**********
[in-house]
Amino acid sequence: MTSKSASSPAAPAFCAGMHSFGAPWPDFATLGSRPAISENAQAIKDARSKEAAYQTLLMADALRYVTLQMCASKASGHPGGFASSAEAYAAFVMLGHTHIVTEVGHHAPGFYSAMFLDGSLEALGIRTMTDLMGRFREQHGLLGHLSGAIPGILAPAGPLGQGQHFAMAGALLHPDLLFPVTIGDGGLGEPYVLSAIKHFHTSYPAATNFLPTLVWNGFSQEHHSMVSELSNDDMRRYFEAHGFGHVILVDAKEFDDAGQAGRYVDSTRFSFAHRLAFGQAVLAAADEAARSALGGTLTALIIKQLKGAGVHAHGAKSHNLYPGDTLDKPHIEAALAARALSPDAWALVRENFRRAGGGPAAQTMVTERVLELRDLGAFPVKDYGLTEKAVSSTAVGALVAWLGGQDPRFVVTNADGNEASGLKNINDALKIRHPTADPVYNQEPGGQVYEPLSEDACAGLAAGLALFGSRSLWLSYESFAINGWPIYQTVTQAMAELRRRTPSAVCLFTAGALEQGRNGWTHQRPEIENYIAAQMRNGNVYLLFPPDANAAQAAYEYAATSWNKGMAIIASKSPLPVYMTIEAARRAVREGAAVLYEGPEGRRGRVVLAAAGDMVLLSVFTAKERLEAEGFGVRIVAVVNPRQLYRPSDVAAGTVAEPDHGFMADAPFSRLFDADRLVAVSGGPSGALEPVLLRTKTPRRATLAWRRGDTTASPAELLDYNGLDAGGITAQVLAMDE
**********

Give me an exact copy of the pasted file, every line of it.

[in-house]
Amino acid sequence: MTSKSASSPAAPAFCAGMHSFGAPWPDFATLGSRPAISENAQAIKDARSKEAAYQTLLMADALRYVTLQMCASKASGHPGGFASSAEAYAAFVMLGHTHIVTEVGHHAPGFYSAMFLDGSLEALGIRTMTDLMGRFREQHGLLGHLSGAIPGILAPAGPLGQGQHFAMAGALLHPDLLFPVTIGDGGLGEPYVLSAIKHFHTSYPAATNFLPTLVWNGFSQEHHSMVSELSNDDMRRYFEAHGFGHVILVDAKEFDDAGQAGRYVDSTRFSFAHRLAFGQAVLAAADEAARSALGGTLTALIIKQLKGAGVHAHGAKSHNLYPGDTLDKPHIEAALAARALSPDAWALVRENFRRAGGGPAAQTMVTERVLELRDLGAFPVKDYGLTEKAVSSTAVGALVAWLGGQDPRFVVTNADGNEASGLKNINDALKIRHPTADPVYNQEPGGQVYEPLSEDACAGLAAGLALFGSRSLWLSYESFAINGWPIYQTVTQAMAELRRRTPSAVCLFTAGALEQGRNGWTHQRPEIENYIAAQMRNGNVYLLFPPDANAAQAAYEYAATSWNKGMAIIASKSPLPVYMTIEAARRAVREGAAVLYEGPEGRRGRVVLAAAGDMVLLSVFTAKERLEAEGFGVRIVAVVNPRQLYRPSDVAAGTVAEPDHGFMADAPFSRLFDADRLVAVSGGPSGALEPVLLRTKTPRRATLAWRRGDTTASPAELLDYNGLDAGGITAQVLAMDE